Who are the most frequent shooters in the league? Michael Jordan of the Bulls took a shot every 1.44 minutes last season, followed by Alex English of the Nuggets (1.61), Dominique Wilkins of the Hawks (1.66), Mark Aguirre of the Mavericks (1.67) and Walter Davis of the Suns (1.75). On the opposite end are Denver's T.R. Dunn and Portland's Caldwell Jones, who each averaged only a shot every seven minutes.
THIS IS A BUSINESS...
The Nuggets' Lafayette (Fat) Lever had an ascendant season in 1986-87. Without his 18.9 points, 8.9 rebounds and eight assists a game, disappointing Denver (37-45) probably wouldn't have won 25 games. Yet the Nuggets still tried to trade Lever after the season. A draft-day deal with the Bullets (Lever and Danny Schayes for Jeff Malone, Jay Vincent and a future draft choice) fell through because Washington wasn't able to draft UCLA's Reggie Miller (Indiana got him), whom the Bullets felt they needed to replace Malone.
Lever's name has come up in other trade rumors, too. Why? Well, even though he's a big favorite in Denver, he's the Nuggets' most marketable player. Whenever the Nuggets try to put together the kind of deal that would make them a contender, the other team always asks for Lever.
RED ON ROUNDBALL, PART I
"One of the stupidest things about this league is how nobody who ever wins a championship wins Coach of the Year," says Celtics president Red Auerbach. "They've overlooked Billy Cunningham, they've overlooked Pat Riley and they've overlooked K.C. Jones." (They, by the way, are the writers and broadcasters who vote on the award.)
In the past 25 years the only championship coaches to have won the award have been Auerbach himself in 1965, the Knicks' Red Holzman in 1970 and the Lakers' Bill Sharman in 1972.
"I wouldn't really care," said Auerbach, "except the damn trophy is named after me."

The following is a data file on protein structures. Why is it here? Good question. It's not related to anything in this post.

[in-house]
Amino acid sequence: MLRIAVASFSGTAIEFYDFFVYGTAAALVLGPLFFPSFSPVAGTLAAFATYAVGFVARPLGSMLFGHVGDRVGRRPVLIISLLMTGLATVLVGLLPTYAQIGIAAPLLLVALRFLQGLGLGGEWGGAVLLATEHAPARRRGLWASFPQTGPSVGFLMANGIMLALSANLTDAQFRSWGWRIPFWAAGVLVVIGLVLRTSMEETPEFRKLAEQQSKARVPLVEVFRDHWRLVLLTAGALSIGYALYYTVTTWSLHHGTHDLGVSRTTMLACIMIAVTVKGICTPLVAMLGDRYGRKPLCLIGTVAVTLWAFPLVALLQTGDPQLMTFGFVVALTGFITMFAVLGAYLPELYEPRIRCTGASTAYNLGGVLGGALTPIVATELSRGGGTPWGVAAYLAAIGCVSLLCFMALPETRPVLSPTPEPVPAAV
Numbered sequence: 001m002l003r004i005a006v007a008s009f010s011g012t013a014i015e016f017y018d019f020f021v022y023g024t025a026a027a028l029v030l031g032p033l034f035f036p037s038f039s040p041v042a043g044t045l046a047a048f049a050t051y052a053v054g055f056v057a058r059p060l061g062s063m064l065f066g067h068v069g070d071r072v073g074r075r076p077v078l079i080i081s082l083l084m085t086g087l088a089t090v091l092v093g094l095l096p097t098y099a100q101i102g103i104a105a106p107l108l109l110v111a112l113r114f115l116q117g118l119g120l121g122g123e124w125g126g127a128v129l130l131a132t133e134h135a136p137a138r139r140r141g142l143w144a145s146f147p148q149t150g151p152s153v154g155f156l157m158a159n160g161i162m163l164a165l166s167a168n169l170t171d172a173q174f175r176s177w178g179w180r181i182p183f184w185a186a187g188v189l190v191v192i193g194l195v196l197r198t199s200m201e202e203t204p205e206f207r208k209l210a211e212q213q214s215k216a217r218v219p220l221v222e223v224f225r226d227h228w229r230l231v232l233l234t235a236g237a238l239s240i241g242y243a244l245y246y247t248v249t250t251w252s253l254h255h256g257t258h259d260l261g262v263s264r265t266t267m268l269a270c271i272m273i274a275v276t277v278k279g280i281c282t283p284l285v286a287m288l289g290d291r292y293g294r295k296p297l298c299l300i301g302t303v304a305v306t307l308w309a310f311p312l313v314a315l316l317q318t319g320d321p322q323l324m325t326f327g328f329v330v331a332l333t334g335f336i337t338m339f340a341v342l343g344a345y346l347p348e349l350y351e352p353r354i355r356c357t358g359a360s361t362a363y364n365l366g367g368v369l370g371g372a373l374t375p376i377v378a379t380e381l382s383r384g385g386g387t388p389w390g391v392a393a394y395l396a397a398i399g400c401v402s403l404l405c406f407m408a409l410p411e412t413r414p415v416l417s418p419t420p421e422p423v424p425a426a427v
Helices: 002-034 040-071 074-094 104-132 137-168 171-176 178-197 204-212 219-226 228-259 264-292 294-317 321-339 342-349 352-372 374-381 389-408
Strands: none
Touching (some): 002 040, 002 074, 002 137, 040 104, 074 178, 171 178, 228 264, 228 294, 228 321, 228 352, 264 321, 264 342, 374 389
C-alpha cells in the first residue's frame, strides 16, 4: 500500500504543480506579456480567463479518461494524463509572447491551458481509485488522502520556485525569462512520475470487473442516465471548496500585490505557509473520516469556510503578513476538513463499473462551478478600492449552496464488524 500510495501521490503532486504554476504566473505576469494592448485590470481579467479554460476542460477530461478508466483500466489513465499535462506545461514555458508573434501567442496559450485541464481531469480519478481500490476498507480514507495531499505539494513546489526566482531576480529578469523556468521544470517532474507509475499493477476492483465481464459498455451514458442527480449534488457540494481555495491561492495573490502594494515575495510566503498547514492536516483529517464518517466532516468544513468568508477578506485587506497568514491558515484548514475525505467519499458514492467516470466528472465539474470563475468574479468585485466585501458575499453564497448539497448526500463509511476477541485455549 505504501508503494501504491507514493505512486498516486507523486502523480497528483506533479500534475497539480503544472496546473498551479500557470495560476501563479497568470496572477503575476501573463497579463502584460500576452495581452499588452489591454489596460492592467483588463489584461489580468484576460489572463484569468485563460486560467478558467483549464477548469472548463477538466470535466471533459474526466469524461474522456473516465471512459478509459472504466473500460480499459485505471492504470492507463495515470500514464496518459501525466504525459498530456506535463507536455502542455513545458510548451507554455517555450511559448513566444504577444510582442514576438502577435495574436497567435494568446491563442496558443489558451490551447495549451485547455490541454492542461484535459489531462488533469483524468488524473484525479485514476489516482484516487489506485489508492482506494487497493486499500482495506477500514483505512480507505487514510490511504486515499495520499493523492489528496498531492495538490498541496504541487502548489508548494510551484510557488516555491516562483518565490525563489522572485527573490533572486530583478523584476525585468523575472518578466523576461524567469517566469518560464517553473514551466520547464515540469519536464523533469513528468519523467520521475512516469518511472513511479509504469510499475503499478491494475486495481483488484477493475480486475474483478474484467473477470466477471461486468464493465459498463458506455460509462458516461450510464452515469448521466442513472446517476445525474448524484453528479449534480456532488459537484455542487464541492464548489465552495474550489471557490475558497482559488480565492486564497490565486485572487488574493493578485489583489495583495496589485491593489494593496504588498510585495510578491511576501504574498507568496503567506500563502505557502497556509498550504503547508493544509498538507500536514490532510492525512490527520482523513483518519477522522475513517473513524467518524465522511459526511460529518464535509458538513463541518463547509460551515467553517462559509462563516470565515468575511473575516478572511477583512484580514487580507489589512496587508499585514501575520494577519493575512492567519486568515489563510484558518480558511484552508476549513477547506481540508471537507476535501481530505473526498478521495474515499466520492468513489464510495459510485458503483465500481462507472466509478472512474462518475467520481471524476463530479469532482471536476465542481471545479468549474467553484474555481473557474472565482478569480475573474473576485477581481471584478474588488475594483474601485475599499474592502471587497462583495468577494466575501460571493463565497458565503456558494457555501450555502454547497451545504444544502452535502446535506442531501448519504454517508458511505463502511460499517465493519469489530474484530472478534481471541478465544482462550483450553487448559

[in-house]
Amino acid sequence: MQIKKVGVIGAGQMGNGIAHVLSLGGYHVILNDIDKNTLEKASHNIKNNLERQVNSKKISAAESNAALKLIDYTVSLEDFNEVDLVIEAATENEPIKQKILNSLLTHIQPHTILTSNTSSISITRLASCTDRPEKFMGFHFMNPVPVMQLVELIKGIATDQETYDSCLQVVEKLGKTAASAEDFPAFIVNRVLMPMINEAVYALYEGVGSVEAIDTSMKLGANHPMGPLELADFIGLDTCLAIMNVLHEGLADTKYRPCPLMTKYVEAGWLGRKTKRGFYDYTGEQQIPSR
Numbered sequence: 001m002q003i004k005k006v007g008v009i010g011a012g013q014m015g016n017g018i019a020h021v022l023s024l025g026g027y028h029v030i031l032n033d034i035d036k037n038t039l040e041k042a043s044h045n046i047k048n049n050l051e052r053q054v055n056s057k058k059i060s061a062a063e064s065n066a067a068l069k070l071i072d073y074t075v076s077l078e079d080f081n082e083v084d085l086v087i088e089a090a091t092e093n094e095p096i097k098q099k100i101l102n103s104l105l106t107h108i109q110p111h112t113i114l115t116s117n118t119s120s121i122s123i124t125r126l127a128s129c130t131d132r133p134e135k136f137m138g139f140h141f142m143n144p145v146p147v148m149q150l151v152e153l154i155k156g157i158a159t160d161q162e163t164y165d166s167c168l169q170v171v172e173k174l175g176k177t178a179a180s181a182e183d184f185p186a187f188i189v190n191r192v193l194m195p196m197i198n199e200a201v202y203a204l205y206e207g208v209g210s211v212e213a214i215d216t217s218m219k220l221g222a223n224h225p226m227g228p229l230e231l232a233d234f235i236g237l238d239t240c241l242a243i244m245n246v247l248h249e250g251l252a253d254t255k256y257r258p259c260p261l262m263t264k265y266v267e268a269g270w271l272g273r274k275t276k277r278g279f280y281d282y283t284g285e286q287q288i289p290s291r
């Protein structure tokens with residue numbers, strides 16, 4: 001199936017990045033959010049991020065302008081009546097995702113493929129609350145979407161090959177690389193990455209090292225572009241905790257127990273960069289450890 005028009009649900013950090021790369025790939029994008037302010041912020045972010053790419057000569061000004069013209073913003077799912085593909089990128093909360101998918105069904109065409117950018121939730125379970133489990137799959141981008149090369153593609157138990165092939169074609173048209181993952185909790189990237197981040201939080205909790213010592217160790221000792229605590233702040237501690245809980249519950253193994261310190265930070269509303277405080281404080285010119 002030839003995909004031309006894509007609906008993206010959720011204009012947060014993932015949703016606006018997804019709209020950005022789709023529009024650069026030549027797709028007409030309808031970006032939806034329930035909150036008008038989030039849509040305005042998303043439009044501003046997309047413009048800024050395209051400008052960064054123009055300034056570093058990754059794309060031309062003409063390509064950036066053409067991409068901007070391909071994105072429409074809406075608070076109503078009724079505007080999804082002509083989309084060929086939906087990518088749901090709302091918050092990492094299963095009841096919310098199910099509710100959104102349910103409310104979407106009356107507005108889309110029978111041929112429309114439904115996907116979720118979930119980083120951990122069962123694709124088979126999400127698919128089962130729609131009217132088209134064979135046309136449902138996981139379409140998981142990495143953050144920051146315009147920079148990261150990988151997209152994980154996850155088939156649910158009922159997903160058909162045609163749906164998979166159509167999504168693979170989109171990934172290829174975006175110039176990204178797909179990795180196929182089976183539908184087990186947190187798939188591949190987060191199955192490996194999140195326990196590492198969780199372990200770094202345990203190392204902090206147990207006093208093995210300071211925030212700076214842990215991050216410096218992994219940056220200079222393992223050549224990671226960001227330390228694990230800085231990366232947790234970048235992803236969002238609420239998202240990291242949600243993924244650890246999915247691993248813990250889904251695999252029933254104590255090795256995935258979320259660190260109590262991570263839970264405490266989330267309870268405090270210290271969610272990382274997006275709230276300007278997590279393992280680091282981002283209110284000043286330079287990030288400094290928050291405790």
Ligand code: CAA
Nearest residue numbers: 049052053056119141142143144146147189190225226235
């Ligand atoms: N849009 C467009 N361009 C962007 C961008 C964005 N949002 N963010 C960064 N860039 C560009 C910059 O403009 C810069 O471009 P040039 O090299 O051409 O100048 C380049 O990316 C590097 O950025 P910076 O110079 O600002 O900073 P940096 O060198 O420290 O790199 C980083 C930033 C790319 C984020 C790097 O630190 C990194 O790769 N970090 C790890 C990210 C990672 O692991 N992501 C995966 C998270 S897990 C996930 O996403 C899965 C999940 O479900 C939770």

WHAT MUGGSY BOGUES CAN LOOK FORWARD TO
At 5'3", Bullets rookie Tyrone (Muggsy) Bogues is the shortest player in NBA history. Bogues should take note of the following exchange, overheard in a Milwaukee hotel lobby last season, between a much bigger man than he, 5'7" Spud Webb of the Hawks, and a stranger:
Stranger (incredulous): You mean you travel with this team?
Spud: That's right.
Stranger: Are you the ball boy?
Stranger: Then why are you with them?
Spud: I guess I just love being around these guys.
THE PROBLEM: NO RUSSELLS
New Sacramento coach Bill Russell has three centers vying for playing time. LaSalle Thompson is a decent shooter and rebounder, but is only 6'10" and isn't a shot-blocker. Jawann Oldham is 7 feet, jumps out of the gym and runs well, but isn't a polished offensive player. And 6'11" Joe Kleine is a heady, back-to-the-basket player who can shoot and pass, but is immobile. Says Russell, "They're so different it's hard to believe they play the same position."
PERHAPS HE'S HOLDING OUT FOR A STATUE AT THE ALAMO
The Spurs invited Ensign David Robinson, the No. 1 pick in last June's NBA draft, and his family to take a VIP tour of San Antonio on Sept. 18 and 19. On the morning of the 18th, four members of the Robinson family boarded a chartered jet in Washington, D.C. The plane then flew to the Kings Bay, Ga., submarine base to pick up Robinson, who's stationed there as the assistant resident officer in charge of construction. When the Robinsons landed at the San Antonio airport, Mayor Henry Cisneros, 700 Spurs fans, state and local officials and a mariachi band were waiting. Robinson, who was graduated from Annapolis in June but who still must serve 20 more months in the Navy, was made an honorary admiral in the Texas navy. A helicopter tour of the city, some tennis and golf, and a fancy dinner filled the hours the next day.
The result of the weekend tour? Robinson still doesn't know whether he'll sign with San Antonio before it loses its rights to him in June, when the NBA draft is held and another team could select him. The Spurs also could invoke the league's little-used bylaw on retaining rights to players in military service, and get involved in a possible law suit.
BUT CAN BIRD DO THIS?